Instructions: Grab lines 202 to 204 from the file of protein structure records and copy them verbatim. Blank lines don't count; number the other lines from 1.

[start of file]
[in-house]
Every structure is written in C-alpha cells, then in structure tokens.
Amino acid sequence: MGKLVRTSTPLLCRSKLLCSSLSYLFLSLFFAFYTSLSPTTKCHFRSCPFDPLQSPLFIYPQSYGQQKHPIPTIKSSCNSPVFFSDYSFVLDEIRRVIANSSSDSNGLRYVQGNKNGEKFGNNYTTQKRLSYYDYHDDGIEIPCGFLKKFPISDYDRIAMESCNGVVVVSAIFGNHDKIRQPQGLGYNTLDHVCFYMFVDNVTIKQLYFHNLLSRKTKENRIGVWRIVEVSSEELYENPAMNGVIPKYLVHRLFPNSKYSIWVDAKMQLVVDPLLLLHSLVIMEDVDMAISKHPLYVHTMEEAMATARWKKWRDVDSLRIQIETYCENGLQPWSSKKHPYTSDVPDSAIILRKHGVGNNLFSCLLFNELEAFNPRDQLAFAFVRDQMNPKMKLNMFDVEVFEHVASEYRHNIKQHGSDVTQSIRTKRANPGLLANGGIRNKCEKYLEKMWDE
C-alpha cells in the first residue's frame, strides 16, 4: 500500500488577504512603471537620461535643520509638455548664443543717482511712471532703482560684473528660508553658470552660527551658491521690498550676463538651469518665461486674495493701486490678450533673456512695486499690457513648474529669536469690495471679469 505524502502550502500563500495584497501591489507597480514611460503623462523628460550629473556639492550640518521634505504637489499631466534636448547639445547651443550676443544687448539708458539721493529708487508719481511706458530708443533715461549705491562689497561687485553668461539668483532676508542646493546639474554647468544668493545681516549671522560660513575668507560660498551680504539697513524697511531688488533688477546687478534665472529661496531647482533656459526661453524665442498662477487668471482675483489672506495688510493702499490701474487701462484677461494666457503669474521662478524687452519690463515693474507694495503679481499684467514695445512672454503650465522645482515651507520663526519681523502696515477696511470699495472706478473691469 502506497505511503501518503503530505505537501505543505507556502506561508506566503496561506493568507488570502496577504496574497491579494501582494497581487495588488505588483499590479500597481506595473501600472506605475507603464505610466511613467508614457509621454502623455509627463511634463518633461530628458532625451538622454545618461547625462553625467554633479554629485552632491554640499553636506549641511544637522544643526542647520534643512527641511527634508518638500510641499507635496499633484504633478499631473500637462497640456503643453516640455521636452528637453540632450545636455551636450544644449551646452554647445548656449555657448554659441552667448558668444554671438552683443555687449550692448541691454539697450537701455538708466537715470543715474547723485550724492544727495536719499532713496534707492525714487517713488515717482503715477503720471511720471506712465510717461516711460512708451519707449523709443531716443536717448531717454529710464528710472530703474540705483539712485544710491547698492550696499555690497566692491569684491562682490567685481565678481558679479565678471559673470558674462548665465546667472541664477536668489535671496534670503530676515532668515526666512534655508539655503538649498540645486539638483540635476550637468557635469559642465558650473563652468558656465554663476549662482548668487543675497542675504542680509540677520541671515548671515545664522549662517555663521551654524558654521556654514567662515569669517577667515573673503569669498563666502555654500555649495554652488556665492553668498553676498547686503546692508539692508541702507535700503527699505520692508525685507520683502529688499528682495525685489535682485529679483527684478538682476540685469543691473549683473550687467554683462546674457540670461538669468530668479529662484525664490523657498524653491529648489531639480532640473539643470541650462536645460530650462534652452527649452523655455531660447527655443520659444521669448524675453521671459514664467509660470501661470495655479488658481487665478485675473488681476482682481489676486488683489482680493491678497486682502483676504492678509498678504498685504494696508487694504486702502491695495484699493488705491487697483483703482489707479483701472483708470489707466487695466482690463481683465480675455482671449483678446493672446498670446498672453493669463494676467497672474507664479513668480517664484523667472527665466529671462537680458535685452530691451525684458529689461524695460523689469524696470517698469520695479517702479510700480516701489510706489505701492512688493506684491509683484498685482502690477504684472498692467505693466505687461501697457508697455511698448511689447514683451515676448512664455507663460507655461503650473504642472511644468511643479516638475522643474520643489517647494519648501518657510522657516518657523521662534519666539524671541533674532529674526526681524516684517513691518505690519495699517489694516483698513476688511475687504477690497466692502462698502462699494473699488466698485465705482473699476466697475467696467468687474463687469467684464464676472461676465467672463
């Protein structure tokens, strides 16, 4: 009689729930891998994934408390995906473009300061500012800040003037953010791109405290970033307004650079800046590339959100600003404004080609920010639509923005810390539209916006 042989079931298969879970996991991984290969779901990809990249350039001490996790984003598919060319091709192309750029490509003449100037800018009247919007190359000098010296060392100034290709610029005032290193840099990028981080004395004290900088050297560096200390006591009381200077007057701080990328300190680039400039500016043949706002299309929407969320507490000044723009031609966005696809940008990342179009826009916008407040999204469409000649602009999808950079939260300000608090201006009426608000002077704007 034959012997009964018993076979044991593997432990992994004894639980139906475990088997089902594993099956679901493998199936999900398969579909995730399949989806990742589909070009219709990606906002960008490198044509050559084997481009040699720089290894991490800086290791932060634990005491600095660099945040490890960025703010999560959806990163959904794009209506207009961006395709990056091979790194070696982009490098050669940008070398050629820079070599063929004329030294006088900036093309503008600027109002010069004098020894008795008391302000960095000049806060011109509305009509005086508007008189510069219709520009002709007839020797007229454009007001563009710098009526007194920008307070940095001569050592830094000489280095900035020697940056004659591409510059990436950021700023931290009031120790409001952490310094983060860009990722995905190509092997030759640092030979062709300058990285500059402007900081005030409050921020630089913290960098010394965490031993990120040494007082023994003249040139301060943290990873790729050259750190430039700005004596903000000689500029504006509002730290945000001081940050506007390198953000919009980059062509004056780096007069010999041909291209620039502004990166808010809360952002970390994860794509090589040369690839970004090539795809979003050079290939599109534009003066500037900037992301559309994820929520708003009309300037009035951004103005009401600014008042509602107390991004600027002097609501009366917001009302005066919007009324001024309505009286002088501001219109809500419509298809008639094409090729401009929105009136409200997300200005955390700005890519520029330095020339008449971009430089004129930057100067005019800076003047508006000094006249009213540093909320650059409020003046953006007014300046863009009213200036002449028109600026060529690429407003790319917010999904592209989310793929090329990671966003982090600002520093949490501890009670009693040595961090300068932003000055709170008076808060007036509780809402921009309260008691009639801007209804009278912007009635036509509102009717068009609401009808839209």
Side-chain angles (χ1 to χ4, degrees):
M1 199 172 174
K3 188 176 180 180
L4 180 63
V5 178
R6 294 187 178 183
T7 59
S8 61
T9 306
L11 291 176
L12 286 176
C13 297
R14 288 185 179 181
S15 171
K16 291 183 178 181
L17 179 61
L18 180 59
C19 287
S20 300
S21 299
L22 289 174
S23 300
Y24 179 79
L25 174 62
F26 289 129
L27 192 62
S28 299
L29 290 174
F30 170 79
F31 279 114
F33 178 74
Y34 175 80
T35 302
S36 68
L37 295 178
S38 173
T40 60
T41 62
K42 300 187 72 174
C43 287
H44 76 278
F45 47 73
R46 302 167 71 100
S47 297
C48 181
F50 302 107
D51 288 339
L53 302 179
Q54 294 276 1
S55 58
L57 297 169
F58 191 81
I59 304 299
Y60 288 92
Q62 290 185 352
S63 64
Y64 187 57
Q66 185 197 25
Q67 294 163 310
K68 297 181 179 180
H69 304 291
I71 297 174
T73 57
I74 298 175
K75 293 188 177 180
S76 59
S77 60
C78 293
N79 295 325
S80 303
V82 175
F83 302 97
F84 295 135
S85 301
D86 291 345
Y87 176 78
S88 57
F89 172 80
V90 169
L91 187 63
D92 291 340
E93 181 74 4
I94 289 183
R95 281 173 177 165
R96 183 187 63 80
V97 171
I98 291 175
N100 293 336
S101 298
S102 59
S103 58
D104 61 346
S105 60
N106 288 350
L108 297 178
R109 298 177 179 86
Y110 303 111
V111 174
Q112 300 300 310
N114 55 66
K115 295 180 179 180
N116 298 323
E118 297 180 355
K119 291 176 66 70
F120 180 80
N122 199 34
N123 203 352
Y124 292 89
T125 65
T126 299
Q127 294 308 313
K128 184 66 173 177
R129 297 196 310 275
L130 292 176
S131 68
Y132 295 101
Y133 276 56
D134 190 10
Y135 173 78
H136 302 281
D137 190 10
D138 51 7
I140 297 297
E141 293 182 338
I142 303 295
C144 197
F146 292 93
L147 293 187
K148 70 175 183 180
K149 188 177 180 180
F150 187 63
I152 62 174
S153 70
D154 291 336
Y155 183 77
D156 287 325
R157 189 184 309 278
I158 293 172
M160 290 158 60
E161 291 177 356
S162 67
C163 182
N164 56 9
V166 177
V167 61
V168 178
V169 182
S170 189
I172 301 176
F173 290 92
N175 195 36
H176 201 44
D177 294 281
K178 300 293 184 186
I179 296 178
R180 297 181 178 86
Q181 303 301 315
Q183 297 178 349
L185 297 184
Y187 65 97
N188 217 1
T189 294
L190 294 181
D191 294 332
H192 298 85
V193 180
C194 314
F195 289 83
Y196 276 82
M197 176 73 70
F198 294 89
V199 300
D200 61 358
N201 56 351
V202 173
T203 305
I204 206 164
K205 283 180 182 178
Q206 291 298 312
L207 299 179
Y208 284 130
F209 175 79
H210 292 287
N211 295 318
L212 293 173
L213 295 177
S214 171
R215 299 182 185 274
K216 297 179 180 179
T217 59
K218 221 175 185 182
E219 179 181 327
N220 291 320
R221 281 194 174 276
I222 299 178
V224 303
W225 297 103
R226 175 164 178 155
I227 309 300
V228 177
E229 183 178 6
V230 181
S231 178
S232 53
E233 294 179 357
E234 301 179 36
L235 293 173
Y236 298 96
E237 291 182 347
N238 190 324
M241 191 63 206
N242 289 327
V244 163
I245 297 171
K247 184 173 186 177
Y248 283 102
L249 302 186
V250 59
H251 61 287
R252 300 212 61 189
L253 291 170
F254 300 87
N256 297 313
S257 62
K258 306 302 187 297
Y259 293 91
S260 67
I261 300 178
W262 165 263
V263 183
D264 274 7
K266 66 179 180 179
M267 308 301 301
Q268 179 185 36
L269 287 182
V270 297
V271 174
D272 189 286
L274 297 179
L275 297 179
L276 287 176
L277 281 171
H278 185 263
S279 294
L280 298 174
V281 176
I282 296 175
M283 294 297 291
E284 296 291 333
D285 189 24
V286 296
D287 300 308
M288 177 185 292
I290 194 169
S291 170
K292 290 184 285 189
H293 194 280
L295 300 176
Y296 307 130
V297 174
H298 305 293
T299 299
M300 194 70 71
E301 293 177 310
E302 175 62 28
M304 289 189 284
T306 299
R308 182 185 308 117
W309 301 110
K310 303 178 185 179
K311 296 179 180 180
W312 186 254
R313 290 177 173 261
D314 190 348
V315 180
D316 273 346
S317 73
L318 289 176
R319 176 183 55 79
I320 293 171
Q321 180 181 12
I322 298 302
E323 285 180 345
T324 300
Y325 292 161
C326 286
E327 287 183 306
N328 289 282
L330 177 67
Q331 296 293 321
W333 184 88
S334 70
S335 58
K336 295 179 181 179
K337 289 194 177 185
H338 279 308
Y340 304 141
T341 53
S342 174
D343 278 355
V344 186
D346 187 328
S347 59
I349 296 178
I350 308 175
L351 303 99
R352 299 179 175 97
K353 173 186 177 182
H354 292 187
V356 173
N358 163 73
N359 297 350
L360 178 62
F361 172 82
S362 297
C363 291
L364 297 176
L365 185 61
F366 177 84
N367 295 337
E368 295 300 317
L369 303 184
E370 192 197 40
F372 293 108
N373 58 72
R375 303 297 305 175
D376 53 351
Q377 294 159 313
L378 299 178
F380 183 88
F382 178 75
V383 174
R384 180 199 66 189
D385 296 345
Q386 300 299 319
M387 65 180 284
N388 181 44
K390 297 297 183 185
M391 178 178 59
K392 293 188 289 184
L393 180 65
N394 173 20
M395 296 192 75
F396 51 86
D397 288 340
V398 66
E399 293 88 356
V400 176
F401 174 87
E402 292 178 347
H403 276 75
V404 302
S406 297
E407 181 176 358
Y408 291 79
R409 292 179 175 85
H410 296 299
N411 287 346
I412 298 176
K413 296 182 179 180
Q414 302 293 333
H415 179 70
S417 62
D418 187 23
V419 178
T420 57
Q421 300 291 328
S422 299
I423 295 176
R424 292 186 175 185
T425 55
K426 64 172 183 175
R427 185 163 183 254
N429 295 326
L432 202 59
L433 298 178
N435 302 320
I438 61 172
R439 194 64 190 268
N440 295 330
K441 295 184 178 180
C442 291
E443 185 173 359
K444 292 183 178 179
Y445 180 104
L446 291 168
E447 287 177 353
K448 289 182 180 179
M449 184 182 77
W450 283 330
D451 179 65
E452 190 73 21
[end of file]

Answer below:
W225 297 103
R226 175 164 178 155
I227 309 300